From Silicon valley to CNN 1
Carlos Watson interviews California Governor Arnold Schwarzenegger in January 2005 for his show Off Topic with Carlos Watson. Photo courtesy of CNN.

So what’s next for the multitalented Watson? “These first three years in TV have been an incredible learning experience for me, and I feel like I have gotten my feet wet. I am having the time of my life, and I love my work. I plan to stay in this industry for some time.” And when he is not in a CNN studio or researching his next piece, he is always up for a good pickup game of basketball. Even in the course of his travels he usually finds a local game to join. “I play at YMCAs all over the country. I play overseas, in Iceland, Zimbabwe, France, Brazil—you name it. I love to play.”

What does Watson plan to do after television? He isn’t talking, but don’t be surprised if his next act is on the political stage. After all, he has the sort of biography, smarts, and personality that voters love and political parties drool over. “It’s a career that is well suited to his talents,” said Laurene Powell Jobs, one of the initial investors in Achieva. “He has a great policy mind, and he’s very charismatic. Honestly, I hope he does go into politics. We need people like him.”




Carlos Watson pens an occasional column for, titled “The Inside Edge with Carlos Watson.” From his perch in Silicon Valley, Watson weighs in on everything from California Governor Arnold Schwarzenegger’s political future to the impact of Hurricane Katrina on American politics. Below are excerpts from several of his columns.

“The Rise of the Online Citizen”

March 22, 2004

For years, conservatives have successfully used talk radio to excite their base, raise new issues, target opponents and raise money. After years in the wilderness, liberals may have finally found an answer. Not the new liberal talk radio network, but blogs—formally known as web logs. The online discussion groups have become the liberal version of conservative talk radio.

The Democratic presidential primary took Internet blogs from a politico-techie niche to powerful political status. Today, liberals are regularly using blogs like Daily Kos, Talking Points Memo and others to motivate their base, raise political issues and, ultimately, help determine races.

“Feel Lucky? Google IPO Could Be a Boon for Bush”

April 28, 2004

It may sound strange, but a company in the bluest of blue states may play a big role in helping to return President Bush to office this fall.

Google, the highly successful Internet company in California, is planning an initial public offering (IPO) of its shares on the stock market soon. If successful, Google is expected to raise billions of dollars and make its founders, officers and investors Internet-boom rich.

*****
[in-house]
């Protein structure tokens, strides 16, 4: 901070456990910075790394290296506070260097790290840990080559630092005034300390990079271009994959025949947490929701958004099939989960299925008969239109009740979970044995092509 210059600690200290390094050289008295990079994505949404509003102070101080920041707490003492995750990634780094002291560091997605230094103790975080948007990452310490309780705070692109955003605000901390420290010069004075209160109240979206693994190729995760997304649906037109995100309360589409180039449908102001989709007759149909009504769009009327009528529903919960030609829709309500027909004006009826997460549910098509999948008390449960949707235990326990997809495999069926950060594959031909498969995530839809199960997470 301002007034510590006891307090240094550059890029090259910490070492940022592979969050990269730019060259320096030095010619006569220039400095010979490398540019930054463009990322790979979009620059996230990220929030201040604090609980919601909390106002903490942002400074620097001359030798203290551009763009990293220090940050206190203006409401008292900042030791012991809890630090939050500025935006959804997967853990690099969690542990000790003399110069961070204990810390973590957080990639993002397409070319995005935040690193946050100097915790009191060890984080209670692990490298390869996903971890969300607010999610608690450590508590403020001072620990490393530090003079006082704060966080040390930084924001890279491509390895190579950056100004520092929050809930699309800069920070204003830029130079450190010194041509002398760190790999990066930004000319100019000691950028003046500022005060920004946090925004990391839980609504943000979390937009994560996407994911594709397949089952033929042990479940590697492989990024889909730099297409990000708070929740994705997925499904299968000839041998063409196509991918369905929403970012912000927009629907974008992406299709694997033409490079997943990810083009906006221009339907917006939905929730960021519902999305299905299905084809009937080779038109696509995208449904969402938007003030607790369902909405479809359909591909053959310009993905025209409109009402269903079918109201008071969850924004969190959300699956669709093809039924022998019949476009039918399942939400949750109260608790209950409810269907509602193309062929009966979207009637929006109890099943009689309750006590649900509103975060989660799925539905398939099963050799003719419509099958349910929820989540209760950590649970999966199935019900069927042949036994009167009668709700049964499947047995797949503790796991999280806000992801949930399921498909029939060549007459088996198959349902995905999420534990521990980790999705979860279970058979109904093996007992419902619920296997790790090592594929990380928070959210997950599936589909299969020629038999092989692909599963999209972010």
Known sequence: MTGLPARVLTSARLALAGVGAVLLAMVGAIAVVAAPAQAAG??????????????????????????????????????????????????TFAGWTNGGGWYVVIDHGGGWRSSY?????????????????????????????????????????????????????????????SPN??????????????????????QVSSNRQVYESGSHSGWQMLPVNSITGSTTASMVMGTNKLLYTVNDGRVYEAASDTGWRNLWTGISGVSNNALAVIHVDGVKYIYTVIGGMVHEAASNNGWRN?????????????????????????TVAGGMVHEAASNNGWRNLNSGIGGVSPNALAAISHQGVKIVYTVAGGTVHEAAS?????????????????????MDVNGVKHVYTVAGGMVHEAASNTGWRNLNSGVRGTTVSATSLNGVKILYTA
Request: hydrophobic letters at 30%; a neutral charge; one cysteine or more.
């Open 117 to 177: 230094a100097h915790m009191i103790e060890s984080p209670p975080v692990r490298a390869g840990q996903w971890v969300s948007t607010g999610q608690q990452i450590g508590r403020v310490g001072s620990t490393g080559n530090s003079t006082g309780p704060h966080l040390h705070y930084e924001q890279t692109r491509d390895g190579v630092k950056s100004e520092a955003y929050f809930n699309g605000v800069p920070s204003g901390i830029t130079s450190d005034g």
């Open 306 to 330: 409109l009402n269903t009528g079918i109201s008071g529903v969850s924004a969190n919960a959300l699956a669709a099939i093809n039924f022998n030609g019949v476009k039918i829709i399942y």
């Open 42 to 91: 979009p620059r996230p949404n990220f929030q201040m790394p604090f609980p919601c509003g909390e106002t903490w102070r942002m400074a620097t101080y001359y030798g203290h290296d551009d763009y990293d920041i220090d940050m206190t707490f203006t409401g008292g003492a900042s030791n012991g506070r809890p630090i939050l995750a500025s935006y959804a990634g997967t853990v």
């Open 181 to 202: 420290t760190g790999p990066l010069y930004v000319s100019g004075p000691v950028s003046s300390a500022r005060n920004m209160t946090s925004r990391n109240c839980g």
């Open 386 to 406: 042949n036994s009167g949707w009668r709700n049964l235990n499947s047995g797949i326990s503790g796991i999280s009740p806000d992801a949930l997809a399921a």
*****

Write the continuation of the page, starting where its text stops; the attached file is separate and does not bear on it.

From a political perspective, a successful Google IPO is likely to signal the return to prosperity for the Silicon Valley after four hard years of recession.

And the revival of the Silicon Valley would likely lead to a resurgence in the California economy as a whole.

For President Bush, greater job growth and consumer confidence in the nation’s most populous state (where the unemployment numbers have been worse than national averages) could transform national employment rates and form an optimistic consensus around his argument that the economy is strong and growing.

So while much attention is being focused on the April job growth report, this spring keep your political eye on Google’s IPO.

“Nuclear Blackberry?”

June 19, 2005

A truly profound debate about American safety and security is flying far below the public radar.

At issue is whether the United States should change its decades-old nuclear policy and pursue a new class of “small nuclear weapons” that could be the size of Blackberries.

Congress has taken up the debate this spring in response to the Bush administration’s request for $4 mil-lion dollars to research a new kind of nuclear weapon that would be both smaller in size and explosiveness.

In a $2.6 trillion dollar annual federal budget, the proposed $4 million is not a lot of money. But the concept is a big one.

Indeed, despite some efforts to downplay its import, the debate over whether to research small nuclear weapons (some of which are called “bunker busters”) could be a tipping point in U.S. nuclear policy.

“Supreme Surprises?”

July 22, 2005

In an era in which wealthy people ([Justice John] Roberts, by the way, has a net worth of $3.8 million) with access to better health care, better nutrition and an overall higher standard of living, are increasing their life expectancies, what may one day be most memorable about Roberts, if he is confirmed [to the Supreme Court], is that he may be the first 50-year term justice.

Potentially, he could serve twice as long as retiring Justice Sandra Day O’Connor [’52]. Roberts is 50 years old, and if fate, luck and his health allow it, it is conceivable that he could serve on the bench for a half century.

Significantly, if Americans grasped that reality, would they look at him (or any candidate) differently? And would the example of Roberts and other long-serving justices one day lead to a constitutional amendment to limit the life tenures of federal judges?

This baby boomer’s tenure may one day raise some fundamental questions about the judiciary.